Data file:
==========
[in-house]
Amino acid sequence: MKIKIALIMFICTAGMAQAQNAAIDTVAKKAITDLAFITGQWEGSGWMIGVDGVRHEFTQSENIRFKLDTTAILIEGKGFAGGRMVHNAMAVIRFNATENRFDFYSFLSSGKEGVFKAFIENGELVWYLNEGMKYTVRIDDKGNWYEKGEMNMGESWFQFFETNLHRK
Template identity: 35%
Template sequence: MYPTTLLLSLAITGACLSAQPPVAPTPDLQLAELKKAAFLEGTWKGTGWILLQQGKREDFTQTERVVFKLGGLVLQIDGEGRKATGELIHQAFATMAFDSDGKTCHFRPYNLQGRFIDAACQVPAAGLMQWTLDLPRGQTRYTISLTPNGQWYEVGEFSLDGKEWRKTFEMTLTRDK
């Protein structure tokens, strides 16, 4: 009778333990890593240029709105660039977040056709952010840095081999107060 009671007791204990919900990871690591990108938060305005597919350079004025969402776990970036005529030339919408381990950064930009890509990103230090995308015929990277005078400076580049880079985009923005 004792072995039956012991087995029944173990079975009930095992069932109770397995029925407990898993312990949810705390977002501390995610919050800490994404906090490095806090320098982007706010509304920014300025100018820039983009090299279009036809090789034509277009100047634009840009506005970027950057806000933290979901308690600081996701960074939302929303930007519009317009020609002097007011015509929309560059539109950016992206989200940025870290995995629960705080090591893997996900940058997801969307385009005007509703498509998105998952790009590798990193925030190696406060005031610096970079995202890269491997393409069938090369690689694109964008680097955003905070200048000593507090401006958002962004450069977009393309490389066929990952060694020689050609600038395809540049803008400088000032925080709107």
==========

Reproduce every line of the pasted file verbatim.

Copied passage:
[in-house]
Amino acid sequence: MKIKIALIMFICTAGMAQAQNAAIDTVAKKAITDLAFITGQWEGSGWMIGVDGVRHEFTQSENIRFKLDTTAILIEGKGFAGGRMVHNAMAVIRFNATENRFDFYSFLSSGKEGVFKAFIENGELVWYLNEGMKYTVRIDDKGNWYEKGEMNMGESWFQFFETNLHRK
Template identity: 35%
Template sequence: MYPTTLLLSLAITGACLSAQPPVAPTPDLQLAELKKAAFLEGTWKGTGWILLQQGKREDFTQTERVVFKLGGLVLQIDGEGRKATGELIHQAFATMAFDSDGKTCHFRPYNLQGRFIDAACQVPAAGLMQWTLDLPRGQTRYTISLTPNGQWYEVGEFSLDGKEWRKTFEMTLTRDK
């Protein structure tokens, strides 16, 4: 009778333990890593240029709105660039977040056709952010840095081999107060 009671007791204990919900990871690591990108938060305005597919350079004025969402776990970036005529030339919408381990950064930009890509990103230090995308015929990277005078400076580049880079985009923005 004792072995039956012991087995029944173990079975009930095992069932109770397995029925407990898993312990949810705390977002501390995610919050800490994404906090490095806090320098982007706010509304920014300025100018820039983009090299279009036809090789034509277009100047634009840009506005970027950057806000933290979901308690600081996701960074939302929303930007519009317009020609002097007011015509929309560059539109950016992206989200940025870290995995629960705080090591893997996900940058997801969307385009005007509703498509998105998952790009590798990193925030190696406060005031610096970079995202890269491997393409069938090369690689694109964008680097955003905070200048000593507090401006958002962004450069977009393309490389066929990952060694020689050609600038395809540049803008400088000032925080709107």